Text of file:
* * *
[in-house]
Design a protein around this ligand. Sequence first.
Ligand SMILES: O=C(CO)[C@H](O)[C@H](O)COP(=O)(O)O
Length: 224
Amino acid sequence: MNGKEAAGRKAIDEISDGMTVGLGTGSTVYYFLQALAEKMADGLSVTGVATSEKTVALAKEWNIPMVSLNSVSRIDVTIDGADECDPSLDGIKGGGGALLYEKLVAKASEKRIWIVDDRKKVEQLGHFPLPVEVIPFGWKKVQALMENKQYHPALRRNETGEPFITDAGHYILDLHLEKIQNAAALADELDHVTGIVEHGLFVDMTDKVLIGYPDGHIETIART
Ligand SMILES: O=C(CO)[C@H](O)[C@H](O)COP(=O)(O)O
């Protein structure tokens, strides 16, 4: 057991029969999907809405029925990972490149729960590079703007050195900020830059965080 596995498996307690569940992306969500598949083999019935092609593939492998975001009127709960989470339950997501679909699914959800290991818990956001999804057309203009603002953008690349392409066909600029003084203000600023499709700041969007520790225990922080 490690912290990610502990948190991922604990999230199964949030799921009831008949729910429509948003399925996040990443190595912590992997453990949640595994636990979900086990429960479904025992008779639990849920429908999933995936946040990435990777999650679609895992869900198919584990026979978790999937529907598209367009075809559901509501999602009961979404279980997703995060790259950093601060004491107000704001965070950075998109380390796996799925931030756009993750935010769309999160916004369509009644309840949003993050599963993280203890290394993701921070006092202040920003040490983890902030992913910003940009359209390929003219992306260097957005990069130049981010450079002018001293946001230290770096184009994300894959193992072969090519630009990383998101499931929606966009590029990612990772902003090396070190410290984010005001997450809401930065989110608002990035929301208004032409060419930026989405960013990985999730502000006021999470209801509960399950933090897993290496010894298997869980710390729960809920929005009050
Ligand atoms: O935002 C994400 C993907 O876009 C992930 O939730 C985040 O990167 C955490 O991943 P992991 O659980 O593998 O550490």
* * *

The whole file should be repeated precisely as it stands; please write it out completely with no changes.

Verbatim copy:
[in-house]
Design a protein around this ligand. Sequence first.
Ligand SMILES: O=C(CO)[C@H](O)[C@H](O)COP(=O)(O)O
Length: 224
Amino acid sequence: MNGKEAAGRKAIDEISDGMTVGLGTGSTVYYFLQALAEKMADGLSVTGVATSEKTVALAKEWNIPMVSLNSVSRIDVTIDGADECDPSLDGIKGGGGALLYEKLVAKASEKRIWIVDDRKKVEQLGHFPLPVEVIPFGWKKVQALMENKQYHPALRRNETGEPFITDAGHYILDLHLEKIQNAAALADELDHVTGIVEHGLFVDMTDKVLIGYPDGHIETIART
Ligand SMILES: O=C(CO)[C@H](O)[C@H](O)COP(=O)(O)O
């Protein structure tokens, strides 16, 4: 057991029969999907809405029925990972490149729960590079703007050195900020830059965080 596995498996307690569940992306969500598949083999019935092609593939492998975001009127709960989470339950997501679909699914959800290991818990956001999804057309203009603002953008690349392409066909600029003084203000600023499709700041969007520790225990922080 490690912290990610502990948190991922604990999230199964949030799921009831008949729910429509948003399925996040990443190595912590992997453990949640595994636990979900086990429960479904025992008779639990849920429908999933995936946040990435990777999650679609895992869900198919584990026979978790999937529907598209367009075809559901509501999602009961979404279980997703995060790259950093601060004491107000704001965070950075998109380390796996799925931030756009993750935010769309999160916004369509009644309840949003993050599963993280203890290394993701921070006092202040920003040490983890902030992913910003940009359209390929003219992306260097957005990069130049981010450079002018001293946001230290770096184009994300894959193992072969090519630009990383998101499931929606966009590029990612990772902003090396070190410290984010005001997450809401930065989110608002990035929301208004032409060419930026989405960013990985999730502000006021999470209801509960399950933090897993290496010894298997869980710390729960809920929005009050
Ligand atoms: O935002 C994400 C993907 O876009 C992930 O939730 C985040 O990167 C955490 O991943 P992991 O659980 O593998 O550490």